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Building of new Harvard police station tentatively to go out for bid in March

Harvard Police Chief Mark Krause in January 2019 discusses some of the conditions he and his fellow officers deal with at the Harvard Police Department, including a front waiting area heavily damaged by water.
Harvard Police Chief Mark Krause in January 2019 discusses some of the conditions he and his fellow officers deal with at the Harvard Police Department, including a front waiting area heavily damaged by water.

The city tentatively is scheduling to go out to bid for a new police station by March 30, Harvard City Administrator Dave Nelson said on Monday.

Earlier this year, the Harvard City Council approved a $5 million bond issuance for the new police station and possible improvements to Harvard City Hall, 201 W. Diggins St. The city would be required to pay a total of $330,000 annually over the course of the 20-year loan with a 2.65% interest rate. Plans include trying to refinance the bonds in 2023, hoping to receive a lower interest rate.

Harvard Mayor Michel Kelly had said in June that construction was expected to begin this spring.

On Tuesday, the City Council will vote to form a special committee consisting of Kelly and Alderman Carl Opper, who chairs the city’s Finance and Personnel Committee, to provide oversight to the project on a weekly basis.

Nelson said this was suggested because certain decisions, like the approval of contracts or change orders, may not be able to be put on hold until the City Council’s monthly meetings.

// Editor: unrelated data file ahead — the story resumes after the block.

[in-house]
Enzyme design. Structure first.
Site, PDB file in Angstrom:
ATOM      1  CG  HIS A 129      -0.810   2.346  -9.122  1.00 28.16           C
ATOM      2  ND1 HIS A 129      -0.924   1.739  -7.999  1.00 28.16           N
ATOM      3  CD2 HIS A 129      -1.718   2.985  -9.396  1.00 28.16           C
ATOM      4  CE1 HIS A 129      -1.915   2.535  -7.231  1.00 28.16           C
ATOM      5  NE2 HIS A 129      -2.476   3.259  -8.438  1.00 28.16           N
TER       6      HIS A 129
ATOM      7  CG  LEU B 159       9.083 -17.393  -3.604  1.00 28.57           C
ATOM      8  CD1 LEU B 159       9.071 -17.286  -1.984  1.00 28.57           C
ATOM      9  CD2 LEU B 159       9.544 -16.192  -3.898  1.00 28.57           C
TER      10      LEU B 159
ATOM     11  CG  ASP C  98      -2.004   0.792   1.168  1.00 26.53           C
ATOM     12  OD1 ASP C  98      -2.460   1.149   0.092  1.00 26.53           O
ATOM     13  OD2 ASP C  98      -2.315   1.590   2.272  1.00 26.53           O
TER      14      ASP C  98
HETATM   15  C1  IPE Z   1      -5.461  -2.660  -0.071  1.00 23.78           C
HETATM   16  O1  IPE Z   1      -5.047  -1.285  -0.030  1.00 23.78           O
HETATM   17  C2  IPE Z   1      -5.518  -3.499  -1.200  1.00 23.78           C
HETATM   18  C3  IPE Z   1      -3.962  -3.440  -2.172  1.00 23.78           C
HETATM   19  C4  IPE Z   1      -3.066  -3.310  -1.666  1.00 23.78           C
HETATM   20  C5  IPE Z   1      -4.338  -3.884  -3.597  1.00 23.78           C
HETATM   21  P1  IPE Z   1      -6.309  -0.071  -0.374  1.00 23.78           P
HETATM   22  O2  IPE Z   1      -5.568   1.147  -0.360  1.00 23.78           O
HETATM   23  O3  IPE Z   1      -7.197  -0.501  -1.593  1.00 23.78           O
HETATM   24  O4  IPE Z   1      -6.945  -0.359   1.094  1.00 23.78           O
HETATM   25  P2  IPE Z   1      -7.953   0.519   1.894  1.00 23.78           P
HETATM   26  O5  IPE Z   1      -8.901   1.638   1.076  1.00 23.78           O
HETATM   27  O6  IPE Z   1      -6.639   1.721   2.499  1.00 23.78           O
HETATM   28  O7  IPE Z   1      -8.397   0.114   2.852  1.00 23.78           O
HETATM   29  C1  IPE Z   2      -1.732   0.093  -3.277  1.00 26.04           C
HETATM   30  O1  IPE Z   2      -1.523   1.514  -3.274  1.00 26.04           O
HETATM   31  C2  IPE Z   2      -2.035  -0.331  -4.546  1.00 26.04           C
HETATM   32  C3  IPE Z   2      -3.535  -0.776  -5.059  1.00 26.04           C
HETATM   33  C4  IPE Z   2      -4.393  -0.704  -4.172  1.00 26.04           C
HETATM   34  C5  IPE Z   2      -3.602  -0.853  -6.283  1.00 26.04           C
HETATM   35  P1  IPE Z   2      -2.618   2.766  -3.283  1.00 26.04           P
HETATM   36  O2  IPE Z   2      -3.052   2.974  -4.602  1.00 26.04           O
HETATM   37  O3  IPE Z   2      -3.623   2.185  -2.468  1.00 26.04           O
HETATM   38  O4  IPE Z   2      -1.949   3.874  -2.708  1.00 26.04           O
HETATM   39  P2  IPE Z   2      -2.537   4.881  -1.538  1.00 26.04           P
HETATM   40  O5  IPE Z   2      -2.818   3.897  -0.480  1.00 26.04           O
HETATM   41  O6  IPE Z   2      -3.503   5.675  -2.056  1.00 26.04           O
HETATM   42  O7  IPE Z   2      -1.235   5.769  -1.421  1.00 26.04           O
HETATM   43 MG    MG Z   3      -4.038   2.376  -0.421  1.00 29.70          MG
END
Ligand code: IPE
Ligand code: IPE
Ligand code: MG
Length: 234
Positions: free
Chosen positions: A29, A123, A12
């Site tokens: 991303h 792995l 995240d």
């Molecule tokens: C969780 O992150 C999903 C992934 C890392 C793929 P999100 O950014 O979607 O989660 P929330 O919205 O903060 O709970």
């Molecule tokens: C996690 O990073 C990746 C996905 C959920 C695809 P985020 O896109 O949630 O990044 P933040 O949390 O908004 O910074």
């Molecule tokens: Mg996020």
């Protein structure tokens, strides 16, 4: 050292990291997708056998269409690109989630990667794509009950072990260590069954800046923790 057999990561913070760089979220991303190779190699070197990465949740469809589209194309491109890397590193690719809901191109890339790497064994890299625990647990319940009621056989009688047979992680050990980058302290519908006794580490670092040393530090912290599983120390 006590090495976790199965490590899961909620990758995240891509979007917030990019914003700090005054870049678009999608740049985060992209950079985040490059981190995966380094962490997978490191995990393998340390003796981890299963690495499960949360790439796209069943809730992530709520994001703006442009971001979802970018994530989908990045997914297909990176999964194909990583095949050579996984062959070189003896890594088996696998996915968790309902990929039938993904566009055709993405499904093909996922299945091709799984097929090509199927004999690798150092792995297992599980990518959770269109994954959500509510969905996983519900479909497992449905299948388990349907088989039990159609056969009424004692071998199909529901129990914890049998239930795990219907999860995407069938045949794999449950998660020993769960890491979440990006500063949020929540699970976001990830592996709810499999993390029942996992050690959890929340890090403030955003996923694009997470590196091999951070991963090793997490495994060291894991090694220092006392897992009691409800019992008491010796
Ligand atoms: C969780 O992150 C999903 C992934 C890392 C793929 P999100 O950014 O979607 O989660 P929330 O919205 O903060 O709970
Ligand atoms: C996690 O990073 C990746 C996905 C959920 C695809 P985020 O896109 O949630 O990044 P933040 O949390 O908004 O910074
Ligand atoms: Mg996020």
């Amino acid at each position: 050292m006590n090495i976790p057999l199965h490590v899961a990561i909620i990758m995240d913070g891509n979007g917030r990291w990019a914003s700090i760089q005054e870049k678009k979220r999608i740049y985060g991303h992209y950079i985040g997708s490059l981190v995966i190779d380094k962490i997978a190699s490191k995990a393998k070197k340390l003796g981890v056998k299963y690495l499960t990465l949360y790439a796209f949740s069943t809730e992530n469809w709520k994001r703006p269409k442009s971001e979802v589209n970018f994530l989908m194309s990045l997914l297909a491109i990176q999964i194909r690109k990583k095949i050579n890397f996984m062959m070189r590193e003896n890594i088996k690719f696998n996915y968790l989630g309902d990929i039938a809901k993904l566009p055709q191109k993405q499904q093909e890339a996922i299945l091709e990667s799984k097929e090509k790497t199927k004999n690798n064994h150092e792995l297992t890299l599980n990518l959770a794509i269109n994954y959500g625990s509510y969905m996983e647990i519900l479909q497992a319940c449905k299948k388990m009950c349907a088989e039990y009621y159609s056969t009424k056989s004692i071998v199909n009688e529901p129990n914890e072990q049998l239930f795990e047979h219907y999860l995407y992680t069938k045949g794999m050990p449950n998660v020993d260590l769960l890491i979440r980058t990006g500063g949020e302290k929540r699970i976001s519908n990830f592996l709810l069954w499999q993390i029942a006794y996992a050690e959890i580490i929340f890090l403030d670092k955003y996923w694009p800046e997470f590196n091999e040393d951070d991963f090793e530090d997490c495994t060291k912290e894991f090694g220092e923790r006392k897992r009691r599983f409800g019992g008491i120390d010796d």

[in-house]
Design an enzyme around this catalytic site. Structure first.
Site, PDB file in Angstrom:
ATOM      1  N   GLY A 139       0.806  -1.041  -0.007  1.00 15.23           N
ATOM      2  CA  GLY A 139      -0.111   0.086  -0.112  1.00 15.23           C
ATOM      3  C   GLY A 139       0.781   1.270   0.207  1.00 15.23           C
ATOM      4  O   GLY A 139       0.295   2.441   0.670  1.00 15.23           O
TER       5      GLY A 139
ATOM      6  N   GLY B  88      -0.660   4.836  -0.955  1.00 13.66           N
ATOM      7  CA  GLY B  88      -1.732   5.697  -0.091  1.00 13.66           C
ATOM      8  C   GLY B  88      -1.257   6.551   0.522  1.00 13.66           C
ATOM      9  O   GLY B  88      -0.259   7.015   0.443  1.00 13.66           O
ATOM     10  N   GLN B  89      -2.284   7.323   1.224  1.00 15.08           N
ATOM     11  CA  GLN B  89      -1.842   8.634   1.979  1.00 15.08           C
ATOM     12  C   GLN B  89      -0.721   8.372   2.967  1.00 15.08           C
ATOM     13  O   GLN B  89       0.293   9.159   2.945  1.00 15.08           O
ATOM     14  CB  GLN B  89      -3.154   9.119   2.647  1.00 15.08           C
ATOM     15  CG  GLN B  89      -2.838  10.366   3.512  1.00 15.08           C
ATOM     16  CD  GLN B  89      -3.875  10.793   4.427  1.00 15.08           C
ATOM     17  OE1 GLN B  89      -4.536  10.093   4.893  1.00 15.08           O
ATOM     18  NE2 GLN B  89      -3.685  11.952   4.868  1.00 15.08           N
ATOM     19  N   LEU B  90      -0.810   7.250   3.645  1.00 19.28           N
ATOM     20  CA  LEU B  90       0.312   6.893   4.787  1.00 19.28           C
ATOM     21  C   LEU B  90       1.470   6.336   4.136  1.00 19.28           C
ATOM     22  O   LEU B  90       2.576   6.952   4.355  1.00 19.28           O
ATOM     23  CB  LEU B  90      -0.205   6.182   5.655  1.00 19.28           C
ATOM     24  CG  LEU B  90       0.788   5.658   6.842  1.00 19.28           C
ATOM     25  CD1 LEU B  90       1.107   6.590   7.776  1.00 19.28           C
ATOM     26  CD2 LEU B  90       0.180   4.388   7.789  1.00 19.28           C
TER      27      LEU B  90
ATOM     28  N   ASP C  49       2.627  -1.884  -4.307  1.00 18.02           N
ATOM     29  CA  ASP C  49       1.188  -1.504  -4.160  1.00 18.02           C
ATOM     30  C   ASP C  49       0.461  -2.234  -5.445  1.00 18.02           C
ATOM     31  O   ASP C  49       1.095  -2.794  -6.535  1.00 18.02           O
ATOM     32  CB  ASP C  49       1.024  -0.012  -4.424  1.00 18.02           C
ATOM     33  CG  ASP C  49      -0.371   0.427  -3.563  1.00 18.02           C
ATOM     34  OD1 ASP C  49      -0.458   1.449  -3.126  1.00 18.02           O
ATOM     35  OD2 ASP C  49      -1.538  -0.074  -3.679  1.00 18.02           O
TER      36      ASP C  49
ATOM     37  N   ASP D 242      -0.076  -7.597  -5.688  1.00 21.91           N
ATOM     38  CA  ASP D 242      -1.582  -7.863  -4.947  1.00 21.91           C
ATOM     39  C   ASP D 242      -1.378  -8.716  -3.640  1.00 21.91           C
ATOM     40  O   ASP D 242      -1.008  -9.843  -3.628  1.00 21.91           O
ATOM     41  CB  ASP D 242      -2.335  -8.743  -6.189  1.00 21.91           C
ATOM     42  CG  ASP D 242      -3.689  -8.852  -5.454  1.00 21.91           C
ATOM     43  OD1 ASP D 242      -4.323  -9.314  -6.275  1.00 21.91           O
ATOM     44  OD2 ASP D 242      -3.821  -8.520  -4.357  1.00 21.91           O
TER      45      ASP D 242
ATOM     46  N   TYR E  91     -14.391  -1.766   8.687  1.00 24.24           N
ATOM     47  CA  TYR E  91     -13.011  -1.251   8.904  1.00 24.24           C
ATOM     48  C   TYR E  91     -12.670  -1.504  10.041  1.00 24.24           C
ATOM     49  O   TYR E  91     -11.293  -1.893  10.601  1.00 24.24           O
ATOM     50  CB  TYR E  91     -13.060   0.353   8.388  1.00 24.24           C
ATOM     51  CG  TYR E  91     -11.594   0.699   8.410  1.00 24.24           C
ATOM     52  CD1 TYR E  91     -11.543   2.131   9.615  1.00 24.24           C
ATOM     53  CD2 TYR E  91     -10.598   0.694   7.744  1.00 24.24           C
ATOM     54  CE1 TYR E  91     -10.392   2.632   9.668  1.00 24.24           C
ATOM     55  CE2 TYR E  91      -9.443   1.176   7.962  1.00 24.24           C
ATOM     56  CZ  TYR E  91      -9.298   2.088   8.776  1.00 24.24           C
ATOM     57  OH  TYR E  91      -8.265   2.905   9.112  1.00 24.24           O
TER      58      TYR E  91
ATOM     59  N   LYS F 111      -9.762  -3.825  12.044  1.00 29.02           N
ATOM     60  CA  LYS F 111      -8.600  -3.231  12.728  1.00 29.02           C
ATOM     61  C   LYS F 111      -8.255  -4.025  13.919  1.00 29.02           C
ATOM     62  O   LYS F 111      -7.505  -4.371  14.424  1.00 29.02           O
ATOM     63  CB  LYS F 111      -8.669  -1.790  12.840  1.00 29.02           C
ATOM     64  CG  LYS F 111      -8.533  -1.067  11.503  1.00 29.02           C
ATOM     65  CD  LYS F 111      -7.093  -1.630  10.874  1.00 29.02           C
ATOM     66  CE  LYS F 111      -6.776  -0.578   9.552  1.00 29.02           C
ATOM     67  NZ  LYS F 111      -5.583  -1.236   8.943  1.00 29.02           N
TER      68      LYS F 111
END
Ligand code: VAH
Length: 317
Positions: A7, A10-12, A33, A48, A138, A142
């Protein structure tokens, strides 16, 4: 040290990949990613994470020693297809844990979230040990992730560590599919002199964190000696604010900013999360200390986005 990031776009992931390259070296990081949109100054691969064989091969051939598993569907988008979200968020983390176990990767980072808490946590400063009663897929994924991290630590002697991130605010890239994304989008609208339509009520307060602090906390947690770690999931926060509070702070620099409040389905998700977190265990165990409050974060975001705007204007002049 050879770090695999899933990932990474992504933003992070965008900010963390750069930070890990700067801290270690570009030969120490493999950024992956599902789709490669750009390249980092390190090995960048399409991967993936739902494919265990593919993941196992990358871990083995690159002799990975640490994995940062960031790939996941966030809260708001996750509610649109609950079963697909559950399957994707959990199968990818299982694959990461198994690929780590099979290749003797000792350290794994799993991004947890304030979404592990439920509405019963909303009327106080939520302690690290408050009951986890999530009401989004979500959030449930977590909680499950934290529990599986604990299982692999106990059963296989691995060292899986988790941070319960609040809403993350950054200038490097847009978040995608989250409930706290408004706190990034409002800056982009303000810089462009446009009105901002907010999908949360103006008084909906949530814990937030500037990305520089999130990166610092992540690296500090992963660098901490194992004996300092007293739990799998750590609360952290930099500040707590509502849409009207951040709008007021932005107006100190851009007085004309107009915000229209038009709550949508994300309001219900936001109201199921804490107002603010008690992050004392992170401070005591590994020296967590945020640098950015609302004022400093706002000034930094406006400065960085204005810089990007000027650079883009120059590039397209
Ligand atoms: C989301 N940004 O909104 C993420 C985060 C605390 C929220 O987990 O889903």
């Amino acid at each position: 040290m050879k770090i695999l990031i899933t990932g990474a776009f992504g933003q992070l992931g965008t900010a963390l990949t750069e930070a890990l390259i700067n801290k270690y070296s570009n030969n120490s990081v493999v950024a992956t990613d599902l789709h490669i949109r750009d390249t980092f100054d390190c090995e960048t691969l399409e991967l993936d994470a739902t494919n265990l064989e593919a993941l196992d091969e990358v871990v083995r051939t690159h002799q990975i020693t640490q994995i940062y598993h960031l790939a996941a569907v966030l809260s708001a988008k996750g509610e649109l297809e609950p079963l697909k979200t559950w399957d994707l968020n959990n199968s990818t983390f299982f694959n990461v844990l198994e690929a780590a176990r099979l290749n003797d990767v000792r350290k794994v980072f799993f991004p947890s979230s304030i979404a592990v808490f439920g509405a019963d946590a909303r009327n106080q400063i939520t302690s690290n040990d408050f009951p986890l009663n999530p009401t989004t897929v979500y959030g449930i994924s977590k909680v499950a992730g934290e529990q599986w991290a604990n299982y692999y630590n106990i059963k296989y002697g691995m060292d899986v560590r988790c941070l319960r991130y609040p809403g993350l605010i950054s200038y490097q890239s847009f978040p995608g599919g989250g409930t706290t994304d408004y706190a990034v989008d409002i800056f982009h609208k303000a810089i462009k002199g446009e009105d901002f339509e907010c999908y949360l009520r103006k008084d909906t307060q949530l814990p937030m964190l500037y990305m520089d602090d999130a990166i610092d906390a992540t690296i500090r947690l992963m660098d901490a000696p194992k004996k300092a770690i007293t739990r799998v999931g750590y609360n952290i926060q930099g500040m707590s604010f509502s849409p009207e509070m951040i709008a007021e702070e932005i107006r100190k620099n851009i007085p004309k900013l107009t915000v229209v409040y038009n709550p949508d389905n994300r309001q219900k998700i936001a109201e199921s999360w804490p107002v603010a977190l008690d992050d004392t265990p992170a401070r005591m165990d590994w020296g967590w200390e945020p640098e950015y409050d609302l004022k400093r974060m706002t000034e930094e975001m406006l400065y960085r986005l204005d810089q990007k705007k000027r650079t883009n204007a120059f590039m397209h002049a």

The police department’s current building, which sits at 201 W. Front St., was constructed as a Loyal Order of Moose lodge in the 1950s and has served as the city’s police station for about 30 years. Because it was not constructed as a police station, the building lacks certain amenities, such as a sally port that is used to help with transporting people who have been arrested.

The second floor of the building also is used for Harvard City Council meetings.

Over the years, the building has experienced multiple flooding and plumbing issues.

Harvard Police Chief Mark Krause had said that staff needs to keep a sump pump in front the station anytime rain is forecast to prevent flooding. Sometimes, this requires sandbags to be used.

Two summers ago, carpeting had to be pulled up in several offices after heavy flooding.

Rotting plumbing also led to a burst pipe in the station’s evidence room several years ago and has forced officers to pull urinals out of the staff’s private bathroom.

The City Council meeting will be at
7 p.m. at the police station.

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